University of Texas Medical Branch students on Wednesday participated in a simulation of situations faced by people living in poverty — in part to recognize misconceptions surrounding poverty and in part to understand the difficulty of obtaining services people living in poverty often face.
Leslie Stalnaker, program manager for the medical branch’s public health program, coordinated the simulation that involved students assuming the biographical identity of someone with strained or scarce resources and spending two hours attempting to walk in their shoes. Each 15-minute period represented a week in that person’s life.
“We opened it up to any student on campus willing to participate,” Stalnaker said. “We thought it was an important lesson for future health care professionals to learn.
“There’s a misconception among uninformed people that people living in poverty are lazy and don’t work hard, and that’s just completely false.”
Students also were able to observe barriers to securing health care their stressed patients often face.
As students went out looking for services, they might have confronted a real-life situation like long lines to wait in or the possibility of having to deal with an overworked person having a bad day who might not be particularly friendly or helpful.
The simulation was developed by the Missouri Community Action Network and Stalnaker and others trained to be facilitators on the medical branch’s behalf.
About 65 students signed up for the exercise.
The department of public health is seeing a rising interest in the public health track the medical school offers as students become more aware of disparities in health care availability and are talking about it more openly, Stalnaker said.
Cara Anderson, a first-year medical student, said she learned a key lesson she hadn’t yet realized during her brief exposure to people living in poverty and seeking care at St. Vincent’s House Clinic, a volunteer student-run facility in Galveston.
“It makes me think twice about having a patient scheduled for 4 o’clock who didn’t show up,” Anderson said. “Maybe they were too busy trying to pay rent or couldn’t get transportation. I think people’s health care needs are often neglected because they just can’t afford to pay for it. It gave me perspective on why people might do what they do; they’re not always just noncompliant patients.”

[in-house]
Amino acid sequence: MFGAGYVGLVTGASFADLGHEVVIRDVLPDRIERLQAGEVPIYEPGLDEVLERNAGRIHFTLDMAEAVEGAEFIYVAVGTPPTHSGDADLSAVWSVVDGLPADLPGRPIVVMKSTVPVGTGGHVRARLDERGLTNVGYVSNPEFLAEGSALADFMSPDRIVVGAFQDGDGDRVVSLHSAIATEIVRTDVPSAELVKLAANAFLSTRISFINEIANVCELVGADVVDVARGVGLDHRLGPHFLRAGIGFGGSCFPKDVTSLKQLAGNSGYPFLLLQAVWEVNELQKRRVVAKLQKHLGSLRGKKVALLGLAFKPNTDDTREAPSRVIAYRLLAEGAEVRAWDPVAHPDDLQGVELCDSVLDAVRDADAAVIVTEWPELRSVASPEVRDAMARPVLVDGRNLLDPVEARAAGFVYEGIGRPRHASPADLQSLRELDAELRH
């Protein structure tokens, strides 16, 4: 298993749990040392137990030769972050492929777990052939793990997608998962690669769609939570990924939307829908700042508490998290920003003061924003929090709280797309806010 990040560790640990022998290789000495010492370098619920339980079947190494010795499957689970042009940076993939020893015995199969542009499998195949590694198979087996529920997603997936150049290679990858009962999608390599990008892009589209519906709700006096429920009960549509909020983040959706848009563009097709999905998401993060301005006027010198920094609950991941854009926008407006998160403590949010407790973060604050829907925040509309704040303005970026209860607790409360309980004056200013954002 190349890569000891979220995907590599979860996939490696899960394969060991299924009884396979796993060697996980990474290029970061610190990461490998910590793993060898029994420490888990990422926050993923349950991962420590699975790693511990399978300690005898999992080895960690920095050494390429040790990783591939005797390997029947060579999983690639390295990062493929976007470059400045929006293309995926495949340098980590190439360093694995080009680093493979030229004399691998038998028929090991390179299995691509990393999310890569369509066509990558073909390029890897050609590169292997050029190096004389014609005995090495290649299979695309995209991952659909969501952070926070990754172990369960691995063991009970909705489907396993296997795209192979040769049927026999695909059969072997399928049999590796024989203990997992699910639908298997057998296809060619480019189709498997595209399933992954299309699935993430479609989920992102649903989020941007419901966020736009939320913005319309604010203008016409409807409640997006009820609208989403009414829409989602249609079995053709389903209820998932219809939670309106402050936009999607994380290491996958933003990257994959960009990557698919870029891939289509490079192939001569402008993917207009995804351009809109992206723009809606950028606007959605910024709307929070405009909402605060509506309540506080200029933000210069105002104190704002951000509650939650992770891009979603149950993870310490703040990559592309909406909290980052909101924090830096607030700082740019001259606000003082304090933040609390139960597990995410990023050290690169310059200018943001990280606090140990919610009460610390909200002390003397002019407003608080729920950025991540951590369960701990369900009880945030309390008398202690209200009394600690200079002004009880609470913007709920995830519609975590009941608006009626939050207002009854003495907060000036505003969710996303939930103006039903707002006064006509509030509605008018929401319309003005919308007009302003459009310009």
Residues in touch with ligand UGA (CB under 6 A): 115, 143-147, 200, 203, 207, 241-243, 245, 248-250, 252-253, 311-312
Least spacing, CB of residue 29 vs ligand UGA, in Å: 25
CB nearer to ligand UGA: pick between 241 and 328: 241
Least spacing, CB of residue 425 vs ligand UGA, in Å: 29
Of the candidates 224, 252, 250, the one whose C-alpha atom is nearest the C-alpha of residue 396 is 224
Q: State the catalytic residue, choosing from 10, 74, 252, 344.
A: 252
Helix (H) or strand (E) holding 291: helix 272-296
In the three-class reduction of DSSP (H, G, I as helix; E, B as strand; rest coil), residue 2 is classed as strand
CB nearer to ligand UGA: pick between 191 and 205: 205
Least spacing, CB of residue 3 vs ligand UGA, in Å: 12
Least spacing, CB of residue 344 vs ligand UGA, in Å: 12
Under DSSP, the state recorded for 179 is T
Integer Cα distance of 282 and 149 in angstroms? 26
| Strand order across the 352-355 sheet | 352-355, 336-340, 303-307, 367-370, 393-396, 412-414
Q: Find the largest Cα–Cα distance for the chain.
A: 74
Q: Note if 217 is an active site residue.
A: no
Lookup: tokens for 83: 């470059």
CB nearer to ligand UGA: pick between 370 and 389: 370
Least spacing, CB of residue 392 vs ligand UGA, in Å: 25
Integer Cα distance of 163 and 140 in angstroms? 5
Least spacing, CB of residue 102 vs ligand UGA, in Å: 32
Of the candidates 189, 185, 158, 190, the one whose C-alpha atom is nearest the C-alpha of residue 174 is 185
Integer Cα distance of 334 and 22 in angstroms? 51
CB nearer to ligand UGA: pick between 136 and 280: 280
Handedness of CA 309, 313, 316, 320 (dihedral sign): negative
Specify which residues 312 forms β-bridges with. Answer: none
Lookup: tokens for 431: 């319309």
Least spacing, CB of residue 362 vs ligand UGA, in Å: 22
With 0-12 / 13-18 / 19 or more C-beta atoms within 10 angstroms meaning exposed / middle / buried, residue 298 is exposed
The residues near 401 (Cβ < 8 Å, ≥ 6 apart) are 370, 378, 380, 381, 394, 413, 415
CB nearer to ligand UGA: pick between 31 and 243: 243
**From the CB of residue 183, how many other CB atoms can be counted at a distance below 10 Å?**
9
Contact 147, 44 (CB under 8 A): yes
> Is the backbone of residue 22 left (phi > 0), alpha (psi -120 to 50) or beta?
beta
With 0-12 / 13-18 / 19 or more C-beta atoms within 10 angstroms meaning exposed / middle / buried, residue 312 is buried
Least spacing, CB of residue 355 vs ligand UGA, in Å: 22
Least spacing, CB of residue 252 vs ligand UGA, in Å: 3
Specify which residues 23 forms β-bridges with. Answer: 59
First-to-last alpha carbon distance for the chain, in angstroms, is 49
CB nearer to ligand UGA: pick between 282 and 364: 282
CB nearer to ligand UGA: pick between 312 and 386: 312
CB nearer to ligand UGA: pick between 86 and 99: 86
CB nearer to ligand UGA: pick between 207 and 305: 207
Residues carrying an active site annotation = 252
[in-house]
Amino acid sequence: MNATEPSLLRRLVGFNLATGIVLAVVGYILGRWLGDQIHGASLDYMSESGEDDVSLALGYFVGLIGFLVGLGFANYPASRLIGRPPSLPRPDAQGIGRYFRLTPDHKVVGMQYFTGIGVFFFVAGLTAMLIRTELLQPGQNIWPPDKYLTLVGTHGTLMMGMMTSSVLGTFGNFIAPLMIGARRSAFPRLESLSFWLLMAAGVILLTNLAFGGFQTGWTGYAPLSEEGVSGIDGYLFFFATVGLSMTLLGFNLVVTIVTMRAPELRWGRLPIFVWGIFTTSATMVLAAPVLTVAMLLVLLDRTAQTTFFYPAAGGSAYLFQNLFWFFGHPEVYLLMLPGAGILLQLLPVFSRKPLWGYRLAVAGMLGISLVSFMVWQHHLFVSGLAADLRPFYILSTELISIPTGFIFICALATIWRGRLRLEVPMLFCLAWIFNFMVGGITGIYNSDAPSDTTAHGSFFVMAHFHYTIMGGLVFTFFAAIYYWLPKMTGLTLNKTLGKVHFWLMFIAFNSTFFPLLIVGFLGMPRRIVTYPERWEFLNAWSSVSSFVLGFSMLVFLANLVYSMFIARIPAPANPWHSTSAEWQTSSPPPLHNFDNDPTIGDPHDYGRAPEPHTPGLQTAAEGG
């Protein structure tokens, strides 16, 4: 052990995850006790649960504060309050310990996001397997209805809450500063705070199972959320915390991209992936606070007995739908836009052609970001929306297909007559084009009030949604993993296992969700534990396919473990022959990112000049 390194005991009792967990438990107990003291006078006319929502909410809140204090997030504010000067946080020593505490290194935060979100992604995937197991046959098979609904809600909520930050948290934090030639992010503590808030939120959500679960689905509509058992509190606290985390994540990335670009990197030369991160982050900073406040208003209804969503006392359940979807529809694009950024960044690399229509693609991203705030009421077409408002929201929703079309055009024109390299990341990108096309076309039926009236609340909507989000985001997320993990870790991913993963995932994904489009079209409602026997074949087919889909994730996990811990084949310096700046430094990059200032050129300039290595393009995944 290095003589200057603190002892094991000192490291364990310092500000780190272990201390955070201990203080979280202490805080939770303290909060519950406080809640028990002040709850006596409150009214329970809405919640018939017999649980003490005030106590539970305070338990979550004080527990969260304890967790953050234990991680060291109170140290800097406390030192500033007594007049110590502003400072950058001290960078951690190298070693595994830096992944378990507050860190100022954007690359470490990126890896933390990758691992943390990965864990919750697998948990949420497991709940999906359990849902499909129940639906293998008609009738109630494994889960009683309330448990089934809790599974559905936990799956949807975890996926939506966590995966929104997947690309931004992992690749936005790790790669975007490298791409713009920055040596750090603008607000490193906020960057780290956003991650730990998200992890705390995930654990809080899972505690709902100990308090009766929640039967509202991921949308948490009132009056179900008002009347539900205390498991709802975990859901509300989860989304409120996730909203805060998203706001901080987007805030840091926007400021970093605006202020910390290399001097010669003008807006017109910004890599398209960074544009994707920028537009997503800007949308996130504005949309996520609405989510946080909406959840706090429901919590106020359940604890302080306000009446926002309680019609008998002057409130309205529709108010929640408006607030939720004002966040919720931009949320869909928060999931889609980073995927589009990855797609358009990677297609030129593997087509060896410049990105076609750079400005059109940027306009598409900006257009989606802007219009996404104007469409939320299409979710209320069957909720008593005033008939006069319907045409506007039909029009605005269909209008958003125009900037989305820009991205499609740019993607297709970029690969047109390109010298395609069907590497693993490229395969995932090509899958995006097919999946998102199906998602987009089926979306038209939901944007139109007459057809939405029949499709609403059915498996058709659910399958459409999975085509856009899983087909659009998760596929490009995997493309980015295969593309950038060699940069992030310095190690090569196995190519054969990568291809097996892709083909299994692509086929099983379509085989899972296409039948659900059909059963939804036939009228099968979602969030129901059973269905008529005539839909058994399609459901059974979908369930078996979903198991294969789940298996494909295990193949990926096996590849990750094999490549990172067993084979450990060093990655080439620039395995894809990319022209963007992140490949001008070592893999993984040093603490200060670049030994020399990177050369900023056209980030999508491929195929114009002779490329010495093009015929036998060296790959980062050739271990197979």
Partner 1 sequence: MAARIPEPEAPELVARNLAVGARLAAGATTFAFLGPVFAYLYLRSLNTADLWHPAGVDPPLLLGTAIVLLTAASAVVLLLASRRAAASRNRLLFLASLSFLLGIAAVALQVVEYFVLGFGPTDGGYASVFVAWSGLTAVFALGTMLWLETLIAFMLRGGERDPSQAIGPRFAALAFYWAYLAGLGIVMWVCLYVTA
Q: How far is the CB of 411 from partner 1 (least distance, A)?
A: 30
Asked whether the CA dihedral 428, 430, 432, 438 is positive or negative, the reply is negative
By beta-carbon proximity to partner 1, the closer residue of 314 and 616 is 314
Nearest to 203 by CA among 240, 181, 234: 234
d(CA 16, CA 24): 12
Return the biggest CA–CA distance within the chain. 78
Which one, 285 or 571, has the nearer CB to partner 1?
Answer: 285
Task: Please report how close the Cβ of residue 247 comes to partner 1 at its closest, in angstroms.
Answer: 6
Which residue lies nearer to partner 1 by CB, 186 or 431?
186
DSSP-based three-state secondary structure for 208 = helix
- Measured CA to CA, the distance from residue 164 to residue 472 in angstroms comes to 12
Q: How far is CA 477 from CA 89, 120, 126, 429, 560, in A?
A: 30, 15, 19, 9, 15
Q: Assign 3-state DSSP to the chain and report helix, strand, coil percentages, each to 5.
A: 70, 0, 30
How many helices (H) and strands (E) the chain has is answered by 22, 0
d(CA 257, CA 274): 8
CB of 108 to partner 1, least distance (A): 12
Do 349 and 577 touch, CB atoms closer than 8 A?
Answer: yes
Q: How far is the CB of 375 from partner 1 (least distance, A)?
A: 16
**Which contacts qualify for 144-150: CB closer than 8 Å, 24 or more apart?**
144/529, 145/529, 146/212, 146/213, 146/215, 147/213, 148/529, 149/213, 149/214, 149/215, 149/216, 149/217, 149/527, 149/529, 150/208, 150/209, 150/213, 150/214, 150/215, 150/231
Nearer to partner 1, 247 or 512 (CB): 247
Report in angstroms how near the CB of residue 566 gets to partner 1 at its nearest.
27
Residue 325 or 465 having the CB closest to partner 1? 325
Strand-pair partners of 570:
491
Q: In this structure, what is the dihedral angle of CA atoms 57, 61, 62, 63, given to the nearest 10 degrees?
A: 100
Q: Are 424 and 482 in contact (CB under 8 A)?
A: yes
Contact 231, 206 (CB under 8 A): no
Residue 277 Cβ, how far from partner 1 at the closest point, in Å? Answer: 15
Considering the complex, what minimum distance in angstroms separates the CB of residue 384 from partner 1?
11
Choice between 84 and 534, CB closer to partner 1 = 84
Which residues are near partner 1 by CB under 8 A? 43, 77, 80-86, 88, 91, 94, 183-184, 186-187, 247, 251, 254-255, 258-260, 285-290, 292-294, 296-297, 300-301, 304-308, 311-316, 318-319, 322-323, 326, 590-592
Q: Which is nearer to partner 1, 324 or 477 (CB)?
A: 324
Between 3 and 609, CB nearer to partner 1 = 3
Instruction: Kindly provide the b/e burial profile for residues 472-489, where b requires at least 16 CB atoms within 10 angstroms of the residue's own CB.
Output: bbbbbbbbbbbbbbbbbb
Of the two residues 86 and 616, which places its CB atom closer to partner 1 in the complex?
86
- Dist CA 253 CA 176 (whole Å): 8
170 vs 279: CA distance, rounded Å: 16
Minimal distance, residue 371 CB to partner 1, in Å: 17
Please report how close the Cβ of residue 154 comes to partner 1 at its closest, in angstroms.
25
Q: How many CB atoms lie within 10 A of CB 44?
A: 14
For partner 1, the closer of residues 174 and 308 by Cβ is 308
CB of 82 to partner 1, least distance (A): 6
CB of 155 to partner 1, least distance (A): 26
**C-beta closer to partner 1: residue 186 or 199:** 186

Being aware of those problems made Anderson more conscious of how a health care professional might also be able to connect patients with other kinds of services, she said.
Simulating the life of a working mother in a family of five whose husband was unemployed was an eye-opener for Anderson, she said.
“We were surviving on one income and we had a pregnant daughter,” Anderson said. “We had to make her drop out of school and get a job to help us pay our bills.”
At the end of her long day at work, Anderson had to rush from office to office, paying the rent and utilities with cash because the family had no credit and no ability to pay until they had cash in hand.
First-year medical student Alexandria Lehrmann simulated the life of a similarly challenged single mother whose husband, a college graduate, had lost his job, unsettling the family’s finances and quickly draining their savings.
One of Lehrmann’s realizations was that having a father at home during that critical period was, in some ways, a blessing. He could do all the running around, trying to pull together services the family needed to get by, she said.
“I think the real takeaway for me is that you don’t really know how somebody else’s life is going,” Lehrmann said.
Even though, in her simulated family situation, her husband had gone to college, he couldn’t get a job. And even though the family lived in what looked like a middle-class house and owned a car, they still couldn’t make ends meet.
“Almost no one made their medical care appointments, but they were so busy with basics like housing and getting fed,” Lehrmann said.
“People try to do the best they can and that sometimes means putting medical care on a back burner.”